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Volcanoes of the Caribbean: Science Swashbuckling with a Laser Spectrometer

Article Michel, A. P. M., Wankel, S. D., Kapit, J., Sandwith, Z., & Girguis, P. R. (2018). In situ carbon isotopic exploration of an active submarine volcano. Deep-Sea Research Part II: Topical Studies in Oceanography150 (2017), 57–66. https://doi.org/10.1016/j.dsr2.2017.10.004

Launching a remotely operated underwater vehicle off the side of a research vessel. It is carrying a suite of underwater sensors to explore an underwater volcano. Source: nautiluslive.org

An actively venting volcano in the deep ocean probably sounds like something you’d try to stay far away from.  To ocean scientists, however, these dynamic environments offer a fascinating opportunity to probe the mysteries of the deep.  One research team  recently succeeded in exploring the most active volcano in the Caribbean – with a little help from a laser-wielding underwater robot.


A Volatile Situation

Carbon dioxide and methane are greenhouse gases – gases that trap heat in the atmosphere, thickening the “Earth’s blanket” and warming it up.  Normally, greenhouse gas emissions are balanced out by the natural “sinks” that remove the gases from the atmosphere.  Since the Industrial Revolution, however, human activities have added excessive amounts of greenhouse gases to the atmosphere through the burning of fossil fuels and agricultural practices.  This has thrown a wrench in the natural carbon cycle, and the ability of the Earth system to keep up with this increase is flagging.

One perhaps surprising area where vast amounts of carbon are recycled is the deep ocean.  In particular, subduction zones and underwater volcanoes are key sites where carbon is buried and released.

Subduction zones mark the boundary where two of Earth’s tectonic plates have collided.  When these massive plates crash into each other, one slides under the other and is pushed into the hot interior of the planet.  As it is forced into the inferno, the sinking plate drags its carbon-containing sediments with it.  This is not the carbon’s final resting place, though – eventually, it gets released by underwater volcanoes.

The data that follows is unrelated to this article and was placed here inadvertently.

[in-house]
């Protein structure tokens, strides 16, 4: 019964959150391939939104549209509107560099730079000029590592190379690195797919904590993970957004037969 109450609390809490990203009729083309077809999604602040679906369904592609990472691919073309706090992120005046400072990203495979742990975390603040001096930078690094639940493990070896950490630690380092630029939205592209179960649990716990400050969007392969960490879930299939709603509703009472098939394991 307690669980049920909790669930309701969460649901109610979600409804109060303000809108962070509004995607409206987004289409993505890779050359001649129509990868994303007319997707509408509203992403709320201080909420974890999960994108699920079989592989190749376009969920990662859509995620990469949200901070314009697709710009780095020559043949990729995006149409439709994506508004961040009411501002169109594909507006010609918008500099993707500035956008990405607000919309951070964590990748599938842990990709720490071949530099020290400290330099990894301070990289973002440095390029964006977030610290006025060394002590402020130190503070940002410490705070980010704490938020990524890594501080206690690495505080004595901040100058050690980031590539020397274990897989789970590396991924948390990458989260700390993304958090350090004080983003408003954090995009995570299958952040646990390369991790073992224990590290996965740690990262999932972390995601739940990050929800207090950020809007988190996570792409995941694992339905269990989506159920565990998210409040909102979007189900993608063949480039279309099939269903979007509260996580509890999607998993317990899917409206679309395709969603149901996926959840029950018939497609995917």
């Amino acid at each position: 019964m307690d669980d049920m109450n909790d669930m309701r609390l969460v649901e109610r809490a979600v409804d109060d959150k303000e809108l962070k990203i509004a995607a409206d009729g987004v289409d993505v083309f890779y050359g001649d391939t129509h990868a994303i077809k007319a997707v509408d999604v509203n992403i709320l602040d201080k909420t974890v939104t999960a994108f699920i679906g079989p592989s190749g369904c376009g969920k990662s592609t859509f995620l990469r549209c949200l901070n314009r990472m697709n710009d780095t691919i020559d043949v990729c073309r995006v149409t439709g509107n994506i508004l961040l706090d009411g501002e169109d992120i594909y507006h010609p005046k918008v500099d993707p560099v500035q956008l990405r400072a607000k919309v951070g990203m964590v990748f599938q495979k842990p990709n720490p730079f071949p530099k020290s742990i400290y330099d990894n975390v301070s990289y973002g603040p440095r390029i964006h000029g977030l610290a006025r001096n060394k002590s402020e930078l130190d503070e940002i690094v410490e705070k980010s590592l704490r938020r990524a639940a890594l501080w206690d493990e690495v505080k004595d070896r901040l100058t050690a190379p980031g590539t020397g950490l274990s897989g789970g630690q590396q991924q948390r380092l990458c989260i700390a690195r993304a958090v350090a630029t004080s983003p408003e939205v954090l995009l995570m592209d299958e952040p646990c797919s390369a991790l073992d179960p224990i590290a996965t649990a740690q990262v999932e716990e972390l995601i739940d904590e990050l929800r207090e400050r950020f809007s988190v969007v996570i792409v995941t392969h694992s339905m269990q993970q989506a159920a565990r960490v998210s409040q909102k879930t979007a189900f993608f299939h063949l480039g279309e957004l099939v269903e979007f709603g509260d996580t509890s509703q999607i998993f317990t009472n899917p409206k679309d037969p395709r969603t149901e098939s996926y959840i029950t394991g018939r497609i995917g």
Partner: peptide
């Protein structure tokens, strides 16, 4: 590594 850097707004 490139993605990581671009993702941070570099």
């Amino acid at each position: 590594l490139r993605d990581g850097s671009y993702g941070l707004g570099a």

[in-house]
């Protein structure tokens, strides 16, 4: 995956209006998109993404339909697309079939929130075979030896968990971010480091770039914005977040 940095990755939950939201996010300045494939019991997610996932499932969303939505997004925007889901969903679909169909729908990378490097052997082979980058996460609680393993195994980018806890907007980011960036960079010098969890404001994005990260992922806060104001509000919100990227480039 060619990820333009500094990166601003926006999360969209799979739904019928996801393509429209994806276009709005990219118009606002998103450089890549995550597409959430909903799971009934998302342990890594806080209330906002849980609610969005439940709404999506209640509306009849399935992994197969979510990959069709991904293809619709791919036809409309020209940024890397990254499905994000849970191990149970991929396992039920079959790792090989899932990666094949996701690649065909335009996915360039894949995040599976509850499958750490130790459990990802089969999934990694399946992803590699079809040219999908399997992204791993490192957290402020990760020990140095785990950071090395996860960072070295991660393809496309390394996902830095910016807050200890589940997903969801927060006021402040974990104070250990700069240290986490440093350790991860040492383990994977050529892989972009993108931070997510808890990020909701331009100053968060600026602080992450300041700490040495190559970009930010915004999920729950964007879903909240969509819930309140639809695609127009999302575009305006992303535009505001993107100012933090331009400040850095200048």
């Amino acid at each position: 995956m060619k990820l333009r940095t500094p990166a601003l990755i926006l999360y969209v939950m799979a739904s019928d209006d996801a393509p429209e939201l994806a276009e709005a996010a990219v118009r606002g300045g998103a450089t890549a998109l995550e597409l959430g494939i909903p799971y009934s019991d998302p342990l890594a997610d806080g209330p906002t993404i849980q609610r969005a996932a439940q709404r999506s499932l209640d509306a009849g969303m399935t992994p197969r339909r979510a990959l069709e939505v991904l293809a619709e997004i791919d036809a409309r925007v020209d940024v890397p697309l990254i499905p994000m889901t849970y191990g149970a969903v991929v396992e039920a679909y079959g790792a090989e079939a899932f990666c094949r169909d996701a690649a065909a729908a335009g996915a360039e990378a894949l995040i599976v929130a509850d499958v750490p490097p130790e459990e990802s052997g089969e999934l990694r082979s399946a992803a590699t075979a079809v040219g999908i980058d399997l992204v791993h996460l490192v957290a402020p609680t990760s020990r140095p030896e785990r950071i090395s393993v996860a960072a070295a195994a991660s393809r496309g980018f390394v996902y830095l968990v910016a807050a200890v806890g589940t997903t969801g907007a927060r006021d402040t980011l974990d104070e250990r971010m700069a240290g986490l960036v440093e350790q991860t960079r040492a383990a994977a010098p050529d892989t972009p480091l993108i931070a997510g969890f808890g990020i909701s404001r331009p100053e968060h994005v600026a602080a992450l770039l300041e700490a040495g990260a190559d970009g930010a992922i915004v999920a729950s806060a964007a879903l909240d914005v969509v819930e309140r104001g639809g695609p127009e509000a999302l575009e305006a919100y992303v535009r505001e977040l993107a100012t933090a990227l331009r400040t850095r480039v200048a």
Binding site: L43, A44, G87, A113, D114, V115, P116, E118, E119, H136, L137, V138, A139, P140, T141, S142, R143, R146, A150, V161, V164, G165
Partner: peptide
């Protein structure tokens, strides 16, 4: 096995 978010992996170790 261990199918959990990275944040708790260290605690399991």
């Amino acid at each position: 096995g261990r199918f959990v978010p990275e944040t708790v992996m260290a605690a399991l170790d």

Given the current global warming trend, which is widely believed to be due to increased greenhouse gas concentrations, scientists are greatly interested in obtaining a better understanding of the role of the deep sea in carbon cycling.  How much excess carbon from fossil fuel emissions can the ocean really store?  How much carbon dioxide and methane is leaked out of undersea volcanoes?  And does the carbon dioxide produced from these volcanoes contribute to ocean acidification?  Answering these questions will require cutting-edge tools that can operate in the hostile deep sea.


Illuminating the Deep

One way to measure gases is to use light.  Anna Michel, a scientist at Woods Hole Oceanographic Institution (WHOI), is pioneering new devices that use laser spectroscopy.  In this technique, a laser beam is shot through the sample (either air or water), and a receiver measures the amount of light that makes it through.  Different chemical compounds absorb different wavelengths of light, and the greater the amount of gas present in the sample, the less light that makes it through.

In 2014, Michel and other scientists from WHOI and Harvard University tested a new laser spectroscopy-based device at a volcano named Kick ‘Em Jenny in the Caribbean Sea.  The laser spectrometer measures carbon isotopes (see Box 1), shedding light on the underwater sources of carbon dioxide and methane.  It was mounted on a remotely operated vehicle (ROV; an underwater robot that is controlled by a pilot aboard a ship) and then sent 180 m (590 ft) below the water to Kick ‘Em Jenny’s crater.

Kick ’em Jenny, the most active volcano in the Caribbean, is located off the coast of Grenada.